But even the revised plan contains a bank tax that, while much smaller than originally proposed, might still not be palatable to Parliament.

Under the new plan, all Cypriot bank deposits of up to €100,000 would be hit by an immediate one-time tax of 2 percent. Deposits above that threshold would be subject to a 5 percent levy.

The fallback was being cobbled together as Cyprus’s finance minister pressed his case in Moscow on Wednesday in hopes of securing additional aid from Russia, many of whose wealthiest citizens have big deposits in Cypriot banks.

Representatives of the troika were in Nicosia on Thursday but were not certain to sign off on Cyprus’s latest plan.

Cypriot banks have frozen all accounts in a financial crisis here that risks tipping the country into default and sowing turmoil across the euro zone.

The authorities have ordered Cypriot banks to keep automated bank machines filled with cash as long as their doors remain shut. But that has been of little help to the thousands of international companies who do banking in Cyprus, which cannot transfer money in and out of those accounts to conduct business.

Melissa Eddy contributed reporting from Berlin.

Article source: http://www.nytimes.com/2013/03/22/business/global/ecb-hardens-deadline-for-cyprus-bailout-deal.html?partner=rss&emc=rss

Political Economy: Cyprus Goes After the Little Guy

Cyprus’s proposed deposit grab is a bad precedent. Money had to be found to prevent its financial system from collapsing. But imposing a 6.75 percent tax on insured deposits is a type of legalized robbery. Cyprus should instead impose a bigger tax of on uninsured deposits and not touch small savers.

Confiscating savers’ money will knock confidence in the banks. Trust in the government will also take a hit, since Nicosia had theoretically guaranteed all deposits to a level of €100,000, or about $130,000. Small savers should be encouraged, not penalized. Those who squirrel away their savings are the quiet heroes of the financial system, not those who drag it down by engaging in borrowing binges.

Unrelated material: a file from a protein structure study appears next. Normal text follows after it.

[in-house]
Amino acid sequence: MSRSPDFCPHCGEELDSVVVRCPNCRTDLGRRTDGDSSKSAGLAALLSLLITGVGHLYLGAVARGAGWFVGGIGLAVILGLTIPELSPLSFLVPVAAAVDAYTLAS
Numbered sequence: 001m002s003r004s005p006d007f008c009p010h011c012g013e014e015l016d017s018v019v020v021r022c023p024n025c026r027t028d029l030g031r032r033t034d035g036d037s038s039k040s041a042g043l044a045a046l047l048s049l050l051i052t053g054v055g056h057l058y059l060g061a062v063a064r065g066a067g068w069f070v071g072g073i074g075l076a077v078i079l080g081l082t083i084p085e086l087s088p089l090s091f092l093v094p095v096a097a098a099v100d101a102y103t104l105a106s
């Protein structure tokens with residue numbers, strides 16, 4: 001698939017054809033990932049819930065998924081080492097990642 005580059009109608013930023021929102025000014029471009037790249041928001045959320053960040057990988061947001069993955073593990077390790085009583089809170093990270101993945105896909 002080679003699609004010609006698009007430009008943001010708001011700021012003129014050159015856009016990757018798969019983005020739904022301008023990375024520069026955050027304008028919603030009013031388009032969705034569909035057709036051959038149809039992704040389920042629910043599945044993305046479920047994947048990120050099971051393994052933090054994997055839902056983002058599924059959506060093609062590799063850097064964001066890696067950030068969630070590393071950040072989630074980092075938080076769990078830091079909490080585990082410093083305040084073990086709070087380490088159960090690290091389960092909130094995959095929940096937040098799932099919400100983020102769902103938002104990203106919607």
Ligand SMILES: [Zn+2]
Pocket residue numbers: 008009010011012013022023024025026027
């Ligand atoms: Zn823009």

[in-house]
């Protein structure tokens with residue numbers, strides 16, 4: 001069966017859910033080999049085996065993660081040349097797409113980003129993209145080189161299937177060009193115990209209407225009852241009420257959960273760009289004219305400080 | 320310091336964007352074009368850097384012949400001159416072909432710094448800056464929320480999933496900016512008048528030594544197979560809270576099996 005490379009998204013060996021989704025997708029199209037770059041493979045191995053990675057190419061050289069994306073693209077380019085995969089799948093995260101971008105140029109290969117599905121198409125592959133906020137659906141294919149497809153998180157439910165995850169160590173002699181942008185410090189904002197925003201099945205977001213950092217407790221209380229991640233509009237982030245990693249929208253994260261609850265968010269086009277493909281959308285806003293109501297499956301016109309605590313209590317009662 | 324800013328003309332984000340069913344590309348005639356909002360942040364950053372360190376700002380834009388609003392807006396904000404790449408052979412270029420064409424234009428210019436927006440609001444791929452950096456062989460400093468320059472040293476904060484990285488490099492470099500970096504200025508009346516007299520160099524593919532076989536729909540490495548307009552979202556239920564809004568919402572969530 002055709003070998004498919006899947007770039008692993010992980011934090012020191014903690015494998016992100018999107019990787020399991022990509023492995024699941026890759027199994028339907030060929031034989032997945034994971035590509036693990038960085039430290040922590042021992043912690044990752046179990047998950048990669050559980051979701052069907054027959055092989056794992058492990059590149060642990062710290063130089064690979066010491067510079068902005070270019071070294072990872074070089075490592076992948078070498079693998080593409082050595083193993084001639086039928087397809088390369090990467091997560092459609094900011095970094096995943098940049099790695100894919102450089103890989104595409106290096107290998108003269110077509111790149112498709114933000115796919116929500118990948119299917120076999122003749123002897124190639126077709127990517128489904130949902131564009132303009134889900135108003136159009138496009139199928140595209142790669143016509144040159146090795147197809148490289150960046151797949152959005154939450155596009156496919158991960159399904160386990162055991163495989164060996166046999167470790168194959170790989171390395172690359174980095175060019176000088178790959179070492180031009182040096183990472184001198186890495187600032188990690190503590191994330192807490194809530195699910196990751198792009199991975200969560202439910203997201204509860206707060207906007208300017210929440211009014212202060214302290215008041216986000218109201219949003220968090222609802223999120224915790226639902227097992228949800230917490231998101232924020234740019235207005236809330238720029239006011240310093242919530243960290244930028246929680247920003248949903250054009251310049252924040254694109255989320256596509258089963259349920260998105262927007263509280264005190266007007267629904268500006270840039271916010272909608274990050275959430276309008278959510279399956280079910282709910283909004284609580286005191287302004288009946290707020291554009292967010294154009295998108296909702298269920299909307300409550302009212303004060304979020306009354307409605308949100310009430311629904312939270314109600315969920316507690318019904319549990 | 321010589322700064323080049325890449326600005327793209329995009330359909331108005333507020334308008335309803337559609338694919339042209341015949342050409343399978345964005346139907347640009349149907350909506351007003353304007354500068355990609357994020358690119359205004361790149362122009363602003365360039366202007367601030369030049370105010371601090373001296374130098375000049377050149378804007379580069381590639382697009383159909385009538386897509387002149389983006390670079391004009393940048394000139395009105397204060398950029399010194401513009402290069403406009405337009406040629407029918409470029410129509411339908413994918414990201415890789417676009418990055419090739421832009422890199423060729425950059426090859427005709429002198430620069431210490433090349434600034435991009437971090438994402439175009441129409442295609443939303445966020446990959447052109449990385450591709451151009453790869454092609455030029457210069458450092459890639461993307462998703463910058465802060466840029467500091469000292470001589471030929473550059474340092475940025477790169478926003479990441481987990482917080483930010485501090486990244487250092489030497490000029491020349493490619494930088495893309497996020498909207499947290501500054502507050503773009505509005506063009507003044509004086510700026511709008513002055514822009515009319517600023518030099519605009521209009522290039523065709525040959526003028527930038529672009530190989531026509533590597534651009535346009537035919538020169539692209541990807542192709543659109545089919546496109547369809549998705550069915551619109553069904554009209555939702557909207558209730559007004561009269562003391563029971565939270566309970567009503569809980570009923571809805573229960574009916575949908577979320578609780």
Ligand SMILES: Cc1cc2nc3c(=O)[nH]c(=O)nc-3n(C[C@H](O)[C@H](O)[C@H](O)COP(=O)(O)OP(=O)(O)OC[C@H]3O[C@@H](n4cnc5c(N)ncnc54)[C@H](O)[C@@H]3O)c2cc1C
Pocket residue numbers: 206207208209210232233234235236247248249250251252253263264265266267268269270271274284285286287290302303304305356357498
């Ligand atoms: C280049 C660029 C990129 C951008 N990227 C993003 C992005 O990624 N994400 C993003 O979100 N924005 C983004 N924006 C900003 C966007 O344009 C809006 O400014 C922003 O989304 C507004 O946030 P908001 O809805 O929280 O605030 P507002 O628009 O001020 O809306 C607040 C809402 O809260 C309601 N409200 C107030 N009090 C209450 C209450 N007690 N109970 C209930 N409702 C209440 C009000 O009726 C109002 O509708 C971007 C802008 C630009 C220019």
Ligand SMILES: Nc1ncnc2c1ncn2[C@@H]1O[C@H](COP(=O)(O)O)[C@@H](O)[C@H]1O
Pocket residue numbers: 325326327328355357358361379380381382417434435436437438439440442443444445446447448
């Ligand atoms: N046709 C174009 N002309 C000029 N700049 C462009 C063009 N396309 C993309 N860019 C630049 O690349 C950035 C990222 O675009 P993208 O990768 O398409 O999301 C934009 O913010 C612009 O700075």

Nicosia has not technically broken its promise to guarantee small deposits. That is because it is not the banks that are failing to repay savers — something that would have set off the insurance program. Instead, it is the government itself grabbing a slice of deposits. The pill is also being sugared by giving savers shares in the banks as compensation. That said, the mechanism is still an effective breach of promise.

There is no denying that Cyprus needed a solution. The small Mediterranean island was on the brink. Its banking system — which had grown to eight times its gross domestic product on inflows of Russian money and aggressive expansion in Greece — was technically bust. Its exposure to the Greek economy, Greek government debt and Cyprus’s own burst property bubble had seen to that.

Nicosia’s euro zone partners made it clear that there was no time to waste. They had chosen to hold their finance ministers’ meeting Friday night, knowing that Cyprus already had a bank holiday scheduled Monday. The country’s president said the European Central Bank was threatening to cut off liquidity Tuesday if there was no deal. The banking system would have collapsed.

In total, Cyprus requires €17 billion — almost 100 percent of G.D.P. — to rescue its banks and deal with the government’s own bills. If Nicosia had borrowed all that cash on top of its existing debt, it would have been carrying an unsustainable burden. It would have been only a matter of time before the debt needed restructuring.